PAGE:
From the archive, originally posted by: [ mmm ]

In documentary style, film depicts Bush assassination

By Sarah Lyall The New York Times


LONDON The date is October 2007, and President George W. Bush’s
America is in anguish, rent by the war in Iraq and by a combustible
restiveness at home.

Leaving a hotel in Chicago after making a speech while a huge antiwar
protest rages nearby, the president is suddenly struck down, killed by
a sniper’s bullet.

That is the arresting beginning of “Death of a President,” a 90-minute
film that is to be broadcast here in October on More4, a British
digital television station. And while depicting the assassination of a
sitting president is provocation in itself, this film is doubly so
because it has been made to look like a documentary.

Using actual archival footage as well as computer-generated imagery
that, for instance, attaches the president’s face onto the body of the
actor playing him, the film leaves no doubt that the victim is Bush
rather than some generic president.

The film has not yet been released; indeed, the filmmakers were still
editing it on Friday and were not available for comment, said Gavin
Dawson, a spokesman for More4. But the station’s announcement this
week that it planned to present “Death of a President” as part of its
autumn season has raised something of a furor here.

“Whilst one is aware of other films that have shown assassinations,
those have been in the realm of fantasy,” said John Beyer, director of
Mediawatch-UK, which campaigns against sex and violence on television.
“To use the president of the United States, the real person, in some
fictional presentation – I think that is wrong.”

The U.S. Embassy in London directed calls to the White House, which
said: “We won’t dignify this with a response.”

But Peter Dale, the head of More4, was quoted in British newspapers as
saying that the film was not sensationalistic and did not advocate the
assassination of Bush.

“It has the combination of a gripping forensic narrative and also some
very thought-provoking places where you are encouraged to think about
the issues behind the narrative,” he said.

The film is first to be shown publicly on Sept. 10 at the Toronto Film
Festival. After it is broadcast on More4 – a digital channel that is
free but not available to everyone here – it will be aired on Channel
4, a nondigital channel that is the BBC’s main commercial competitor.

As part of its publicity campaign, More4 released a still from the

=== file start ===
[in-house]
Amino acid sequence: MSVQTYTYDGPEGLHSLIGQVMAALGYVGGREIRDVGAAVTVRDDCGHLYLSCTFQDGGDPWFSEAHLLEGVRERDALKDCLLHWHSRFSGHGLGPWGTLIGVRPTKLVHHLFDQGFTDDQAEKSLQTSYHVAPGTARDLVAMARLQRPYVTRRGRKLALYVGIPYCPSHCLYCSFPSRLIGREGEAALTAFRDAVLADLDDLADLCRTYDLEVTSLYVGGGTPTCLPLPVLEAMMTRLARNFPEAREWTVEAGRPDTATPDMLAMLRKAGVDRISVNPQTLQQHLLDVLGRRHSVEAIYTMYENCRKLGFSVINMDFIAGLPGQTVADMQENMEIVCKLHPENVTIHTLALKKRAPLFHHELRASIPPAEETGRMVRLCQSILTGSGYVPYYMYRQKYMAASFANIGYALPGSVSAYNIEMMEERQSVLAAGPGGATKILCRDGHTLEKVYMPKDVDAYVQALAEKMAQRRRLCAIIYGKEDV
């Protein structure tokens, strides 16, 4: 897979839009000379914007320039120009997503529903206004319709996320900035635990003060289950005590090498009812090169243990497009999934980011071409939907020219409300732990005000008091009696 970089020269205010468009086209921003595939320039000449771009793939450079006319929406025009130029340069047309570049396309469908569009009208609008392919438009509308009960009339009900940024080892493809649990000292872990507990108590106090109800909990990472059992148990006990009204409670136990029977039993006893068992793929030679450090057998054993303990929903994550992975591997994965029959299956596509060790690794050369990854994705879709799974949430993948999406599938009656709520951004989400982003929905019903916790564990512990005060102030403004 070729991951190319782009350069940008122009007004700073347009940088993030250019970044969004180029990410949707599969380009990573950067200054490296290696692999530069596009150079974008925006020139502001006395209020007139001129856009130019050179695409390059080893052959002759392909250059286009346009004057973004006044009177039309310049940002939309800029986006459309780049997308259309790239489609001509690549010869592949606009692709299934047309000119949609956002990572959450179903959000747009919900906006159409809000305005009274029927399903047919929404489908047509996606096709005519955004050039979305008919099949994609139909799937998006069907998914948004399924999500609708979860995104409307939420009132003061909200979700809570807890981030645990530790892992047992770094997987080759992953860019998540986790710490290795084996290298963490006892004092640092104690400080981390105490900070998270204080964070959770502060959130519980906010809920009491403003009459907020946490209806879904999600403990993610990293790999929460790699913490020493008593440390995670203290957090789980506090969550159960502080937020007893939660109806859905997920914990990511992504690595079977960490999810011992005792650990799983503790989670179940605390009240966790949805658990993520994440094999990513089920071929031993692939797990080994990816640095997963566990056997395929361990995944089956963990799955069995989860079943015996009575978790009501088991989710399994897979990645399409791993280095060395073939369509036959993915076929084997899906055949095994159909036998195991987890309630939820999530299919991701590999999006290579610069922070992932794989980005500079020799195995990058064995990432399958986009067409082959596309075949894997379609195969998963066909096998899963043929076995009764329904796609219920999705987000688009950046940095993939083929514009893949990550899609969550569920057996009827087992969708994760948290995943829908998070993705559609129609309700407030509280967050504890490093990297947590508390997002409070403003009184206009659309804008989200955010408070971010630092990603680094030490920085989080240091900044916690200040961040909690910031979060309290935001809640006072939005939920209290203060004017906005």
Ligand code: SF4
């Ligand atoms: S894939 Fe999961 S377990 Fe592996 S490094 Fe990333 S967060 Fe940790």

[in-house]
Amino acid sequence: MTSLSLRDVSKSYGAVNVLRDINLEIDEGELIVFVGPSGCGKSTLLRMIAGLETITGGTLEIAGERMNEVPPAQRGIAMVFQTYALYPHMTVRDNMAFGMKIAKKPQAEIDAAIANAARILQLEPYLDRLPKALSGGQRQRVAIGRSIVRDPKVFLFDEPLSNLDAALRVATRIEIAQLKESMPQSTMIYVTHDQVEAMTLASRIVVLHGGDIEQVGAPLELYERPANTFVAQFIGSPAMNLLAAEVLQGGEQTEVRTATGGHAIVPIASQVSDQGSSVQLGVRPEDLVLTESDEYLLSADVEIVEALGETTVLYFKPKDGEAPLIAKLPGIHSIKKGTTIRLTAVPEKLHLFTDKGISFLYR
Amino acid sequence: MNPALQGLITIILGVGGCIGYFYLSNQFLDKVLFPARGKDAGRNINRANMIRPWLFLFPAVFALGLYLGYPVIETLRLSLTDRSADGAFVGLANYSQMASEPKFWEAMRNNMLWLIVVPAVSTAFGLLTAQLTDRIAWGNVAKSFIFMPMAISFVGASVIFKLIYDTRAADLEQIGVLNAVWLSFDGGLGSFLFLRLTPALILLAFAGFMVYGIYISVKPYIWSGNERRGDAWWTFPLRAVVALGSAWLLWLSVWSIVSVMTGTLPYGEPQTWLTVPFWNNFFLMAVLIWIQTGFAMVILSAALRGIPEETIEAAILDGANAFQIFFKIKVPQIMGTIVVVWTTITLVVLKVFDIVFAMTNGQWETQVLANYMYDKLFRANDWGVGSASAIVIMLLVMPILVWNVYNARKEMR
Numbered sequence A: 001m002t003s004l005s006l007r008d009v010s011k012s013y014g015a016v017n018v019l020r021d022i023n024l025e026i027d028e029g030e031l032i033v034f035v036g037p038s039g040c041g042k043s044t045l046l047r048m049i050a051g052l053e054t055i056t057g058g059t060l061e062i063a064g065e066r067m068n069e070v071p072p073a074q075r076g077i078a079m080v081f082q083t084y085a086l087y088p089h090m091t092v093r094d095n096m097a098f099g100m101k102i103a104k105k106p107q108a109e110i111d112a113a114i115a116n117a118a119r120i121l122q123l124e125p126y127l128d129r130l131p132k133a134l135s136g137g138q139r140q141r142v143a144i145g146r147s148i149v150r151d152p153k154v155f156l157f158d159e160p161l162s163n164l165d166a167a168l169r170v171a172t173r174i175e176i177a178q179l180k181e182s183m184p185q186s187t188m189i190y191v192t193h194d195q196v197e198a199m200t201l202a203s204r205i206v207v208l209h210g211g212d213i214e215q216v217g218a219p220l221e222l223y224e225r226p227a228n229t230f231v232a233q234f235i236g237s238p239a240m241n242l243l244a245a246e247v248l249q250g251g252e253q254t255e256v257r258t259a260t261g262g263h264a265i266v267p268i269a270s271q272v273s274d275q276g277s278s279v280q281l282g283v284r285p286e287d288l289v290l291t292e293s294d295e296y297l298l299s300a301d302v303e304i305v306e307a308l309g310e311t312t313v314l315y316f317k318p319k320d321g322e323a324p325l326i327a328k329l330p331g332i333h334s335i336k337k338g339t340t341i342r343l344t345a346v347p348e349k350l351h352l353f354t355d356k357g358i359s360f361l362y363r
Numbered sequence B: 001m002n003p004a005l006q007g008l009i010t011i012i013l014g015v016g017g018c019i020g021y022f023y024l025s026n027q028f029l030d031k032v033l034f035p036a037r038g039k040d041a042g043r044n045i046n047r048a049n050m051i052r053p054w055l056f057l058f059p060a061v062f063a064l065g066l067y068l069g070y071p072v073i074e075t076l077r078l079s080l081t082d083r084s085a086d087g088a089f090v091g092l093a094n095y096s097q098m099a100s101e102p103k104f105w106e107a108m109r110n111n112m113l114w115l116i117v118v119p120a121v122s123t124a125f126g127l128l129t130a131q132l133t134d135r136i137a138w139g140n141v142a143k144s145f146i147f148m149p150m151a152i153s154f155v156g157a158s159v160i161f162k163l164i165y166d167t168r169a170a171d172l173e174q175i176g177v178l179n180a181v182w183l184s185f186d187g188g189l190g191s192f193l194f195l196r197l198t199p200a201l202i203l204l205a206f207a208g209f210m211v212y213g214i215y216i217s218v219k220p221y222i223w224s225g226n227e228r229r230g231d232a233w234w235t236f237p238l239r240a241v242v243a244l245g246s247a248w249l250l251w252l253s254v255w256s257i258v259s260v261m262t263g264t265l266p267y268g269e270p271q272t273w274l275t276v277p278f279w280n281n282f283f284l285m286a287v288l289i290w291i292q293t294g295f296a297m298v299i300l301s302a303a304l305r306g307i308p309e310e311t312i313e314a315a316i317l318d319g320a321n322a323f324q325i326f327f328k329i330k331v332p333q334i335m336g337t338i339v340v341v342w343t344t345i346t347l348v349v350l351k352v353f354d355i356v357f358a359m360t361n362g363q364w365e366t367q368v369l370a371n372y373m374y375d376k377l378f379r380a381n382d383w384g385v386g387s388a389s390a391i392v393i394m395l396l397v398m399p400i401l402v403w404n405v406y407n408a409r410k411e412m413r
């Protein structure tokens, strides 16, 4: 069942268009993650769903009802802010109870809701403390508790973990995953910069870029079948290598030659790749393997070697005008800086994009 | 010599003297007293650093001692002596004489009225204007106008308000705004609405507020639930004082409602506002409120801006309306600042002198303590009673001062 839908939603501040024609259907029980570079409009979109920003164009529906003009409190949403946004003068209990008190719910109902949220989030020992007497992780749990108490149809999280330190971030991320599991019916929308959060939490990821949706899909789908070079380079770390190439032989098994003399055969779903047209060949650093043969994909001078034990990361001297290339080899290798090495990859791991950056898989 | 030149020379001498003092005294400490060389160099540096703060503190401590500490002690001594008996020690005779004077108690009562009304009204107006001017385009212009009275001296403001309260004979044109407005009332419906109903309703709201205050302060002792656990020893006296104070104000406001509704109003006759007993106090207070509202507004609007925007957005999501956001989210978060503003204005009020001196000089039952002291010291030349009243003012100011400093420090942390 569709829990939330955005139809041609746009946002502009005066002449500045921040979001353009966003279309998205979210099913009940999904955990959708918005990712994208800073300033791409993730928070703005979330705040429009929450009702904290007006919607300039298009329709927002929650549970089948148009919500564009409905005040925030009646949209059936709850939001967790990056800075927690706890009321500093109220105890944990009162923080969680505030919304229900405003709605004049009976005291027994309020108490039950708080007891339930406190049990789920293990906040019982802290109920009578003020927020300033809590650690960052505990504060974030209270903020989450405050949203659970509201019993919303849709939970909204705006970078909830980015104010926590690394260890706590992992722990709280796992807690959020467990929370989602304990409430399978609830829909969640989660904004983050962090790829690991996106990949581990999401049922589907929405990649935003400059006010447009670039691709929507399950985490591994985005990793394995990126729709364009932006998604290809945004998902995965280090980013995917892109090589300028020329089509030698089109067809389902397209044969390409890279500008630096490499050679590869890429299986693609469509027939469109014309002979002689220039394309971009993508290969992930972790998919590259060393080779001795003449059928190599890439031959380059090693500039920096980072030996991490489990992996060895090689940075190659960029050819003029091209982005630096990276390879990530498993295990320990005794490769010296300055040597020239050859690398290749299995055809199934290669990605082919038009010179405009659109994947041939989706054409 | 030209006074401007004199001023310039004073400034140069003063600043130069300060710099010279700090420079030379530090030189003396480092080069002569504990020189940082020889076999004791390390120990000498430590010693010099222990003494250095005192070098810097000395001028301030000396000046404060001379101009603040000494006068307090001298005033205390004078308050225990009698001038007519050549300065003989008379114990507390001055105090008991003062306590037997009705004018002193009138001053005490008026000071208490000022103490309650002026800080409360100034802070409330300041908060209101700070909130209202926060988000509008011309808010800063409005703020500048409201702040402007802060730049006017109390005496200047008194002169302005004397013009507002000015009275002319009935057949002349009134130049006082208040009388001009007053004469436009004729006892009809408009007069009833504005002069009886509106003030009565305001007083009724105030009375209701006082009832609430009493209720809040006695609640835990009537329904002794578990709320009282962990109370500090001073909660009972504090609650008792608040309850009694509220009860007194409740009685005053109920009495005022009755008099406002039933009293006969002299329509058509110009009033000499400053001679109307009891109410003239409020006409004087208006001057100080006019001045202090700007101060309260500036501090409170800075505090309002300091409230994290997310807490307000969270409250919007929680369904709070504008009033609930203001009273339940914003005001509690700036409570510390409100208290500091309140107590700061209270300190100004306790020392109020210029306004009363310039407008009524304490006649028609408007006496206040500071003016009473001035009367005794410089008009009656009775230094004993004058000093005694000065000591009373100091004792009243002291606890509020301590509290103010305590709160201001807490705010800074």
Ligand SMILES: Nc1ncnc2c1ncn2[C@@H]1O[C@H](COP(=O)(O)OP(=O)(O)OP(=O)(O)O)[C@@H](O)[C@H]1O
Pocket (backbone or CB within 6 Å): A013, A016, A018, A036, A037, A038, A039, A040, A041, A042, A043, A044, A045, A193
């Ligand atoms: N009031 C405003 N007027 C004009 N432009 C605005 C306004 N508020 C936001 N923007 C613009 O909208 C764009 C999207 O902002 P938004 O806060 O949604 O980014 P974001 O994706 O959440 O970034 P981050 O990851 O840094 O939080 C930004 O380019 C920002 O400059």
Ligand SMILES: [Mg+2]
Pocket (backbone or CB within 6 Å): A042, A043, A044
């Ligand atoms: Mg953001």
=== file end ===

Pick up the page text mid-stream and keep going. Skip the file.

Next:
film depicting the moment Bush is shot. The picture, which has been
reprinted extensively in British newspapers, shows the stricken Bush
slumping forward into an aide’s arms, in front of a shocked, panicking
crowd, a bank of cameras flashing behind.

It evokes the iconic photographs of the mortally wounded Robert F.
Kennedy, shot after giving a speech in 1968. It also recalls John
Hinckley’s attempted assassination, in 1981, of Ronald Reagan outside
the Hilton Hotel in Washington.

Dale said that the focus of the film was on the assassination’s
aftermath, as the news media rush to judgment and as investigators
plumb America’s fear and anger, particularly in communities with most
cause to be angry at Bush. Suspicion soon focuses on Jamal Abu Zikri,
a Syrian-born man.

The movie, Dale said, is “a very powerful examination of what changes
are taking place in America” as a result of its foreign policy.

“I believe,” he said, “that the effects of the wars that are being
conducted in Iraq and Afghanistan are being felt in many ways – in the
multiracial communities in America and Britain, in the number of
soldiers who don’t come home – and that people are beginning to ask,
‘When will these body bags stop coming back? Why are we there? When
will it stop?'”

Two previous, well-regarded films by the same team have used the same
pseudo-documentary style to imagine the ramifications of disastrous
events, but set in Britain. One, “The Day Britain Stopped,” showed
Britain’s over- stretched transportation system in meltdown after a
series of mishaps cripples first the railroads and then the roads,
leading finally to the point when a passenger jet collides with a
freight plane over Hounslow.